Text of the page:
The patent status of Mono is clear, and the Mono FAQ's answer is complete. Patents covering the standardized parts of .NET may be freely used by free software, so they're not an issue. For proprietary components, the Mono project's policy is to break compatibility with .NET if the only alternative is patent infringement, so patents covering proprietary components should never apply to Mono, and if they do, Mono's policy would be to immediately drop the applicable code. Additionally, there is the Novell deal, which would shield Mono from Microsoft patent suits even if Mono did infringe a Microsoft patent in the process of implementing the non-standard libraries, so Mono doesn't really need to avoid any Microsoft patents, anyway, but it still does. Basically, it is the Mono project's official policy that the project absolutely will not violate patent rights, and the FAQ gives a conclusive answer to that effect. If the FAQ is accurate, Mono does not and will not infringe on any patents. -
There are two important points that I believe have been overlooked.
1) The MS-Novell agreement does NOT mean that MS has agreed not to sue over patent rights in SUSE and Mono. It only asserts that "Microsoft will not assert its patents against individual noncommercial open source developers" and with, respect to SUSE, "individual contributors to whose code is included in the SUSE Linux Enterprise platform, including SUSE Linux Enterprise Server and SUSE Linux Enterprise Desktop."
This leaves open the door for MS to sue distributors (i.e., non-individuals) such as Novell and Red Hat.
(see )
(I do believe that the agreement is a good sign of MS's willingness to allow non-Windows versions of .NET, but it is not a green light.)
2) Mono's intentions to avoid patent issues is all well and fine, but doesn't mean that there won't be significant issues. It's not as if it is always easy to determine what is patented, and what is not. Then, should MS assert a patent violation in Mono, it could sue for damages. Re-writing the offending code to correct the alleged violation might make it possible to continue distribution of the product, but damage suits against distributors could be stifling.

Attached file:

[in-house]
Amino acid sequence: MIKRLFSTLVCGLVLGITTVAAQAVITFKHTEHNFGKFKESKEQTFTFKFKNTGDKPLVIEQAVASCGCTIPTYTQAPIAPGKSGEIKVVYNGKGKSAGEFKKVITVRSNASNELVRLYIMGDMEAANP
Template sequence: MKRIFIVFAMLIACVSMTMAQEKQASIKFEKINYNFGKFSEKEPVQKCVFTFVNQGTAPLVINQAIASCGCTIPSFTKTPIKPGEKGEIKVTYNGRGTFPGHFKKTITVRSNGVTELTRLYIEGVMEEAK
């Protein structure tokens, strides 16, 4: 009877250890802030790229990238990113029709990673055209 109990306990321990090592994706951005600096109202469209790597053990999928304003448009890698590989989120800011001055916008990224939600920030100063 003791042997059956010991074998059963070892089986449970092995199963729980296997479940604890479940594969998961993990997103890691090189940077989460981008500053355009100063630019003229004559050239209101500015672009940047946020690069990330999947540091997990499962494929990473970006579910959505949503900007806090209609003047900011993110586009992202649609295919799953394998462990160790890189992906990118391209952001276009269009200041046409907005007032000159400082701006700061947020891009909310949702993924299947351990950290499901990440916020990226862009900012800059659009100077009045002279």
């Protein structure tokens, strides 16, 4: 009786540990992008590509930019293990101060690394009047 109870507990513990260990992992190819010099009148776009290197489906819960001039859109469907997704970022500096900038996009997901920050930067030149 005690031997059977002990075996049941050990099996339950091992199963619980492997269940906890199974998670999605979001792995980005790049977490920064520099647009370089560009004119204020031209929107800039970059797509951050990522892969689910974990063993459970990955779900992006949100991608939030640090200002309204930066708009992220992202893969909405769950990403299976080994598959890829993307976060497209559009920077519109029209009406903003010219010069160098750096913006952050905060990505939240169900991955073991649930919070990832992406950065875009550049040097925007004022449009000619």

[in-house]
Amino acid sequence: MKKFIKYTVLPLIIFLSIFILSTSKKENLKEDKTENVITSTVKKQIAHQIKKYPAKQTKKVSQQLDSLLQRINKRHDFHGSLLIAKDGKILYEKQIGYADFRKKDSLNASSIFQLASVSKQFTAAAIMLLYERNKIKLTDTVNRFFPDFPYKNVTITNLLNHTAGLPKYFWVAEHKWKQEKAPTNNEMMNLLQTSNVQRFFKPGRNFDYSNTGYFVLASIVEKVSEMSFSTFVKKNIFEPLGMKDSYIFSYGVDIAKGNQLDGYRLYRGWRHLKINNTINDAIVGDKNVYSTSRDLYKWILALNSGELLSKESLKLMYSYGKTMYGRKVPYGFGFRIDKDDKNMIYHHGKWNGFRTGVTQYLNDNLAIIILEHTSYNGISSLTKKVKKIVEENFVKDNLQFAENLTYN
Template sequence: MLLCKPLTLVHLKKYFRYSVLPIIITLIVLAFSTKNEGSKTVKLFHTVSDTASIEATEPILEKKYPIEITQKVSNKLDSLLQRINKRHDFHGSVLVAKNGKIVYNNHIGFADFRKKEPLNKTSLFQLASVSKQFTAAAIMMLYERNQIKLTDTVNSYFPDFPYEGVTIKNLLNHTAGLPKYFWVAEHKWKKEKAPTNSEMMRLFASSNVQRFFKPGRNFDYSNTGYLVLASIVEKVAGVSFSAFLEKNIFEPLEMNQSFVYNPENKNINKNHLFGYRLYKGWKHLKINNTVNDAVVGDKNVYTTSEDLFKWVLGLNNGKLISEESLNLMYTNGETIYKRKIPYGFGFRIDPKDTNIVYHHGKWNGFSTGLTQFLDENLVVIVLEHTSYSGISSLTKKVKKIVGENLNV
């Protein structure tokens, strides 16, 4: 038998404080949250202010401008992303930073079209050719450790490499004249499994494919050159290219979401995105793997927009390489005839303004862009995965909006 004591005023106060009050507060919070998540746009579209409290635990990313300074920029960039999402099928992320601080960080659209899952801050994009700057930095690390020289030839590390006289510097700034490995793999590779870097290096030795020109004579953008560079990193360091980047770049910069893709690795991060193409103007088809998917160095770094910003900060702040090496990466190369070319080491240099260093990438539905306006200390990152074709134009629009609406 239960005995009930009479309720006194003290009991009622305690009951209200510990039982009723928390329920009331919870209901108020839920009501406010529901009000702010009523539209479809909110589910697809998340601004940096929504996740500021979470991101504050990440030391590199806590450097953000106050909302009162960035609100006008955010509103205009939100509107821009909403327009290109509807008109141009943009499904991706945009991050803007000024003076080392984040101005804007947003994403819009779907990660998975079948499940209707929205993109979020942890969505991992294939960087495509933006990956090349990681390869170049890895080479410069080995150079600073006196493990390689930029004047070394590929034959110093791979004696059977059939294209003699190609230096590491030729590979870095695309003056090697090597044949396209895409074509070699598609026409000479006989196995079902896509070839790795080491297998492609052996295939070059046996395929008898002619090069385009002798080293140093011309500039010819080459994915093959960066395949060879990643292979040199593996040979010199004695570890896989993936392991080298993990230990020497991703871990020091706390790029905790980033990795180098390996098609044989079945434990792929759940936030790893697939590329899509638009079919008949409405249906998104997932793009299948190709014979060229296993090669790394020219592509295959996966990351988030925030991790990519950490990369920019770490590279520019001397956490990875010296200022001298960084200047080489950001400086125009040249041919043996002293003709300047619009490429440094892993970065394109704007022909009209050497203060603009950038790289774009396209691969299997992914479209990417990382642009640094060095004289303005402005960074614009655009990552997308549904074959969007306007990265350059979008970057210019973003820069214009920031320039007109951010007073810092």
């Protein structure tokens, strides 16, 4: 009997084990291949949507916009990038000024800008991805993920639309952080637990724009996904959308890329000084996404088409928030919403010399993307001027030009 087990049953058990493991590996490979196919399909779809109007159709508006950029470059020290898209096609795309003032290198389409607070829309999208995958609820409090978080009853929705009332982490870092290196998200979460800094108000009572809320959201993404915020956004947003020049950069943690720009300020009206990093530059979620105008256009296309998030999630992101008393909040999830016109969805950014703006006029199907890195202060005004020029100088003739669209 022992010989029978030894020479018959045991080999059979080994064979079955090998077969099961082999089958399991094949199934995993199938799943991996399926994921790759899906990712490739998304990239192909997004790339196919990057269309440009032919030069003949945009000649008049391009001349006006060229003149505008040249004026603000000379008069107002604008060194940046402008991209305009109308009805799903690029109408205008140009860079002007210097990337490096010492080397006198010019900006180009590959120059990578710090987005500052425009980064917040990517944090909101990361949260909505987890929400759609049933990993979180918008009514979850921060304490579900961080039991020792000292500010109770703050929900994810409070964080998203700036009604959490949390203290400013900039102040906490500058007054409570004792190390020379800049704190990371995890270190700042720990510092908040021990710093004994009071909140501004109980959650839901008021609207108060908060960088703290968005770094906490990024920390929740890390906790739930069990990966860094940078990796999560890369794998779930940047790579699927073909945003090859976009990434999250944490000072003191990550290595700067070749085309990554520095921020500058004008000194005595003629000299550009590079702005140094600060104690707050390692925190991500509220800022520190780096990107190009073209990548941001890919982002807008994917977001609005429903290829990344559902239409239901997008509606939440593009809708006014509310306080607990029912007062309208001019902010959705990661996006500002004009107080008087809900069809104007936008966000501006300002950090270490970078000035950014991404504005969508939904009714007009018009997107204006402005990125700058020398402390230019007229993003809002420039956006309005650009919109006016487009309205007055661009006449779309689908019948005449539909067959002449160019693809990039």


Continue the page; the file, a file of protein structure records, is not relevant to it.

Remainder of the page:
Regarding the sentence in this article, I believe that it should be rephrased to something like "The Mono project claims to avoid patent violations."
Leotohill 18:49, 24 November 2006 (UTC)
Good points. I've reworded it to The Mono project avoids infringing on any patent or copyrights, and to the extent that they are successful, the project can be safely distributed and used under the GPL. -

Variadic Functions not present in Java SE 5

The following text, specifically the highlighted section, is inaccurate. Java does not support variadic functions in any release.

"With the Java 5.0 release, this trend may have been broken, as it introduced several new major language features: foreach statement, autoboxing, methods with variable number of parameters (variadic functions), enumerated types, generic types, and annotations. It should be noted that all of those, except generic types, were already present in C# by that time, some under different names.[13]"

Specifically, this text appears under Popularity and evolution, in the Usage section.

Does anyone have a source for this (namely, because if I'm wrong, I'd love to start using this syntax in my Java code)? Rkausch 17:38, 24 November 2006 (UTC)

As far as I can tell, Java doesn't support variadic functions, so I put a [citation needed] on the statement. Hopefully someone can shed some light on this issue. -
Java supports what it calls varargs (see Java syntax#Varargs) - Chip Zero 19:44, 24 November 2006 (UTC)


Is this meaning of multicast official or just made up? Anyway the link points to a completely different meaning of multicast, so you'd have to create a new multicasting (programming) page, or something like that. Seen also on SR (programming language). --lynX 07:52, 27 November 2006 (UTC)

That's what Microsoft calls delegates which invoke several methods when invoked once. And yes, it's an "official" name - the base class for all such delegates is System.MulticastDelegate. -- int19h 11:04, 27 November 2006 (UTC)

Portability of Rotor

The article as it is claims that Rotor can be compiled on WinXP, FreeBSD, and MacOS X. While it was certainly true for the first version, it doesn't seem to hold for v2.0 - at least the download page explicitly states that "the current release builds and runs on Windows XP only". Strangely enough, it is still distributed as a .tgz file, and there are Unix shell and Perl scripts inside which seem to be related to a Unix build, so I'm not sure what's the current status of Rotor on FreeBSD/MacOS. Can anyone clarify? If not, I think it's safest to go with what is officially claimed and correct the article to say that the latest version of Rotor is Windows-only. -- int19h 18:23, 3 December 2006 (UTC)

I edited the article in that way (I even added a link about someone who couldn't port Rotor 2.0 on Free BSD), but feel free to revert my edits if there is evidence that Rotor is still working on non-Windows platforms. At least, it is not supported anymore on Free BSD and Mac OS X. Hervegirod 19:10, 3 December 2006 (UTC)
I've updated the mention, hopefully clarifying the subject. 19:33, 3 December 2006 (UTC)

API Stability